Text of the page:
|Dance Club, Laramie Style|
When I was a graduate student at University of Wyoming, I was fortunate to find a large group of friends who loved music as much as I did. We went to see live music any time we could break away from our coursework and research. Whether it was a friend playing at a coffee shop or dive bar in Laramie, a nationally-known band performing in Denver or Red Rocks, or a world-renowned jazz or classical ensemble in concert at UW, we were in the know when it came to musical happenings and we were there.
As I think back to my 20-something self and the friends I hung out with, I realize we were a bit like elitist music snobs in Nick Hornby’s High Fidelity. We’d talk about music for hours and felt extremely confident we could distinguish good music from bad, as if such a thing could be proven like a scientific theorem.
Grateful Dead, a friends bluegrass band, Bela Fleck, Winton Marsalis = good. Pop, rap, hip hop = bad.
Despite our disdain for pop music, every so often we’d find ourselves at the Parlor Bar. This was a close as you could get to a club in Laramie, Wyoming circa 1993 and it was popular. We’d settle into one of the booths and watch the scene unfold around us. Dolled up girls looking for attention, arrogant guys strutting their stuff, the constant drone of pop music blaring from the speakers, a DJ to pick the tunes and get the crowd excited. Great beer and interesting people watching kept us occupied, but we’d snicker at the bad music people sheepishly danced along to. “Don’t these people know anything about quality,” we pondered. “How can they stand this crap?”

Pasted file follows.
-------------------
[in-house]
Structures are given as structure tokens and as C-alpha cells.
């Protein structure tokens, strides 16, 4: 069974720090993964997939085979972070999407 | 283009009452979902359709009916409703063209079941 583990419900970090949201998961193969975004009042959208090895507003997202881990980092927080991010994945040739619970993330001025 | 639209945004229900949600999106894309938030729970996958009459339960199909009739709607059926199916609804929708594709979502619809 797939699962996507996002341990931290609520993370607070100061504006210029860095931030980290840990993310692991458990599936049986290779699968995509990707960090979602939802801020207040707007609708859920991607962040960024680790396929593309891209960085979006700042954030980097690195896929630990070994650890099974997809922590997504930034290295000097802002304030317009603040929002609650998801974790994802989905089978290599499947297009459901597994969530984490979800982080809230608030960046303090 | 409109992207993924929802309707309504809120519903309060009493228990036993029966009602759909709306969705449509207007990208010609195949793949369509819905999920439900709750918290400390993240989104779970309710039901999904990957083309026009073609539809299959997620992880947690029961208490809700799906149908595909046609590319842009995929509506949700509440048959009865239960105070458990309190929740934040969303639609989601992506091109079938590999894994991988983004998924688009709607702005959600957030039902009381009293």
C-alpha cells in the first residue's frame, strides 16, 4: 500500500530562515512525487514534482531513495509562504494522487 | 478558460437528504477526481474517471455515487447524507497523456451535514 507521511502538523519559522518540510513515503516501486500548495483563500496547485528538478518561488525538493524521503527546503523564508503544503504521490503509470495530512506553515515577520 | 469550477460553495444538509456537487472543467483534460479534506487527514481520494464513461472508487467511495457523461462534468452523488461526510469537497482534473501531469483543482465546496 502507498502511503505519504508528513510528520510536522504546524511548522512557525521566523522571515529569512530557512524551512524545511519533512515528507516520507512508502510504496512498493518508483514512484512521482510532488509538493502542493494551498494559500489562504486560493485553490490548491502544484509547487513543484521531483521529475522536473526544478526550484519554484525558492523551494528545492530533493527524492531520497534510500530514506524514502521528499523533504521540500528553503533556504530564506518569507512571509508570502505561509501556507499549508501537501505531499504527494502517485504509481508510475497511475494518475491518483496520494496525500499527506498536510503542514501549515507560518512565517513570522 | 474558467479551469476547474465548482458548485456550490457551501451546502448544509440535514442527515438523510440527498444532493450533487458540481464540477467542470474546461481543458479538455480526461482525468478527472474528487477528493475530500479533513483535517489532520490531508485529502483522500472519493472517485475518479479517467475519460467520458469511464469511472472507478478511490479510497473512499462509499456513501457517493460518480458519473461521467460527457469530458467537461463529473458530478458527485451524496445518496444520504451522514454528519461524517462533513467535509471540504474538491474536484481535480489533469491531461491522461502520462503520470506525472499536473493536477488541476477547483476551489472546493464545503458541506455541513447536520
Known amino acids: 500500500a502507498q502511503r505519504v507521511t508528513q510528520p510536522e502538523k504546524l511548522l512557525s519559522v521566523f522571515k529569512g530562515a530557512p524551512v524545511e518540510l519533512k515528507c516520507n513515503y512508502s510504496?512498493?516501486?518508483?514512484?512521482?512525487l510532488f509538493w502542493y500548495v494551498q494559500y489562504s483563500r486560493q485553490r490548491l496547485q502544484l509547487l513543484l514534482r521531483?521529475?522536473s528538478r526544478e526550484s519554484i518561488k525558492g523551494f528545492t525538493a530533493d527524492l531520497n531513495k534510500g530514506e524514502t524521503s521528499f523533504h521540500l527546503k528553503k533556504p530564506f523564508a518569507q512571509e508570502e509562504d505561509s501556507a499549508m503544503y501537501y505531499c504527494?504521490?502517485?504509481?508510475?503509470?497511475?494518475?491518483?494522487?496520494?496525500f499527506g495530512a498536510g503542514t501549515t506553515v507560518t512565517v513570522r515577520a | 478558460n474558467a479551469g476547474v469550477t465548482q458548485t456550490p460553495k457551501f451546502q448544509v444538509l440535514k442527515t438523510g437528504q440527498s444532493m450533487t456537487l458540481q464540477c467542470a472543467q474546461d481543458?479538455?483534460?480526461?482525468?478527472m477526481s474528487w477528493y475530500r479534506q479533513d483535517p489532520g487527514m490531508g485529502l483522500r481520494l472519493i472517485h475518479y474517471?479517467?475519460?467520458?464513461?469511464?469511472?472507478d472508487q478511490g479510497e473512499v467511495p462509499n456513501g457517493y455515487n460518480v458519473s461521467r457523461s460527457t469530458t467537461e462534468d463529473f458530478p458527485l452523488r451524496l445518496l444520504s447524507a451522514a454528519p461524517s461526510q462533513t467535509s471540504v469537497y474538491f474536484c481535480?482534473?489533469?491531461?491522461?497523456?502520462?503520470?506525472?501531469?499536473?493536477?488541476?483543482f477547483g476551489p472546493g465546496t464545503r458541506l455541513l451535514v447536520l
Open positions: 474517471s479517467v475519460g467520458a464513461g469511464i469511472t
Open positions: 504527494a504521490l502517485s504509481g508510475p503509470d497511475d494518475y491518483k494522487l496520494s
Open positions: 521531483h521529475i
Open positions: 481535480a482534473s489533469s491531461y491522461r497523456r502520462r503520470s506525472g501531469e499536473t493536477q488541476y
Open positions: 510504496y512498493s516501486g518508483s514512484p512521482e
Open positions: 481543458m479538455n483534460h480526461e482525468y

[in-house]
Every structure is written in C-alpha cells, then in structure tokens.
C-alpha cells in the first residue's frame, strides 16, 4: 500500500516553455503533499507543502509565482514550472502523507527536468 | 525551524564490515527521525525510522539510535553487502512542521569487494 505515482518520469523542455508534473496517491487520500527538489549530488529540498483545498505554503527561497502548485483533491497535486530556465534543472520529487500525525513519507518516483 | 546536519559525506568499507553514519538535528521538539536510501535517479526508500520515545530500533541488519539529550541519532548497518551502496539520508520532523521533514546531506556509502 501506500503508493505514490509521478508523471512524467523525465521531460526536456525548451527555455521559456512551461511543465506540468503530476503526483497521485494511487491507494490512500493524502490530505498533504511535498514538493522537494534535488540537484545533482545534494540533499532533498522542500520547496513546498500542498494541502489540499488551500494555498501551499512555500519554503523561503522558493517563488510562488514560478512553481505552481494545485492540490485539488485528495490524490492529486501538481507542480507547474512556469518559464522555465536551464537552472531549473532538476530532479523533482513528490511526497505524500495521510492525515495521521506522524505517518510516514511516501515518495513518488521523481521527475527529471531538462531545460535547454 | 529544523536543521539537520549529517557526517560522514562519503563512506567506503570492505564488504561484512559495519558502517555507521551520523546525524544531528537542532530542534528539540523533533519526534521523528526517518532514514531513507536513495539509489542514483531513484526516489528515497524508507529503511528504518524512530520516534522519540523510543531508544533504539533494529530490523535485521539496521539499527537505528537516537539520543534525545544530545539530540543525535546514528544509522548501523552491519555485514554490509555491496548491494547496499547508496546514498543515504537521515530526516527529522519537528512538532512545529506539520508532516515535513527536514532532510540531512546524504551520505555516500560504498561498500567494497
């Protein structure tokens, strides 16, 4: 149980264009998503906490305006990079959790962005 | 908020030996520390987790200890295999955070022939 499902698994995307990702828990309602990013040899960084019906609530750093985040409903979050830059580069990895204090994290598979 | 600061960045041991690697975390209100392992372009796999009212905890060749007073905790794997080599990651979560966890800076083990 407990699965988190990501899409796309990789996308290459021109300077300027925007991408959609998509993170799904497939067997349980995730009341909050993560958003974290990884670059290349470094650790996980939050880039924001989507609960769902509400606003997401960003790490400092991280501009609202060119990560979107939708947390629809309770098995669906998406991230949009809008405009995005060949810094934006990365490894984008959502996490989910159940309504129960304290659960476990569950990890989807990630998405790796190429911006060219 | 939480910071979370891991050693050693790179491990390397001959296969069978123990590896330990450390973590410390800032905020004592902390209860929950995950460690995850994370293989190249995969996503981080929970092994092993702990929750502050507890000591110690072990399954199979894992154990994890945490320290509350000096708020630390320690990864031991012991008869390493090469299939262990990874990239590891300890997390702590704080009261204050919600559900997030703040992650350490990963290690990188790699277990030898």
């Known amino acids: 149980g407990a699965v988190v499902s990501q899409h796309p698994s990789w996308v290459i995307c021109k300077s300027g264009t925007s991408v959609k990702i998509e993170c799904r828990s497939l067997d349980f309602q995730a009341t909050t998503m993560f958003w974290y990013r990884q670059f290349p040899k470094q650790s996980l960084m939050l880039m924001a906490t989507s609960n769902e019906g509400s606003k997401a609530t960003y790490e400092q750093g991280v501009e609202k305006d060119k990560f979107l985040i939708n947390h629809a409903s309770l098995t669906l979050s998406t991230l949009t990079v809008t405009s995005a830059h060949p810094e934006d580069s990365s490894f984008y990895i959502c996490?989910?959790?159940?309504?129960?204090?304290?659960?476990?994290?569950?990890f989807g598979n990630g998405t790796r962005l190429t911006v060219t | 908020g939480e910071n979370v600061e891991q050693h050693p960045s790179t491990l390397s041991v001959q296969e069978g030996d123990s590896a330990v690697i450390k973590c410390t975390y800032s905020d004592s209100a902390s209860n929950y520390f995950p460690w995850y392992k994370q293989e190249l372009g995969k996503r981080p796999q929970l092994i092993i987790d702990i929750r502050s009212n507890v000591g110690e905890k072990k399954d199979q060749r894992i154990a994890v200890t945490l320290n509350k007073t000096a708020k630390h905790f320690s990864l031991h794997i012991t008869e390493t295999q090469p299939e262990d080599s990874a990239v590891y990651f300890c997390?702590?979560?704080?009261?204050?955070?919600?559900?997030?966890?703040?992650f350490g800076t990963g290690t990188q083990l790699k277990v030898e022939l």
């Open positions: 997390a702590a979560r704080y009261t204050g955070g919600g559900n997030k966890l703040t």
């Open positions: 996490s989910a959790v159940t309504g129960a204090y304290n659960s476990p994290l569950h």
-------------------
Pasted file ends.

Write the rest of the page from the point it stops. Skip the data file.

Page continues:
One of the big hit songs at the time was Naughty By Nature’s Hip Hop Hooray. This was guaranteed to get everyone on their feet, even music snobs like us.
I live and die for hip hop
This is hip hop for today
I give props to hip hop so hip hop hooray...
And at “Hey…Ho…” we’d wave our arms over head and chant along with the crowd. My friends and I insisted we were doing it to mock the scene. After all, this was not the kind of music we were “in to.”
I never did admit it at the time, but damn was that chant catchy! To this day, Hip Hop Hooray is my guilty pleasure. It’s been over 20 years since I danced along to it at the Parlor Bar, but the tune and the memories that come with it are hard to shake from my mind. I now enjoy and can find value in a wider variety of music than I did when I was younger. A song like Hip Hop Hooray might not make its mark on musical history or ever be considered brilliant music, but I can now admit that I appreciate it for its great energy and mesmerizing beat. If it were played at a wedding or a party today, you bet I’d be the first one on the dance floor, arms waiving over my head chanting “Hey…ho…hey…ho.”
|The Parlor Bar is upstairs from Laramie's famed Buckhorn Bar|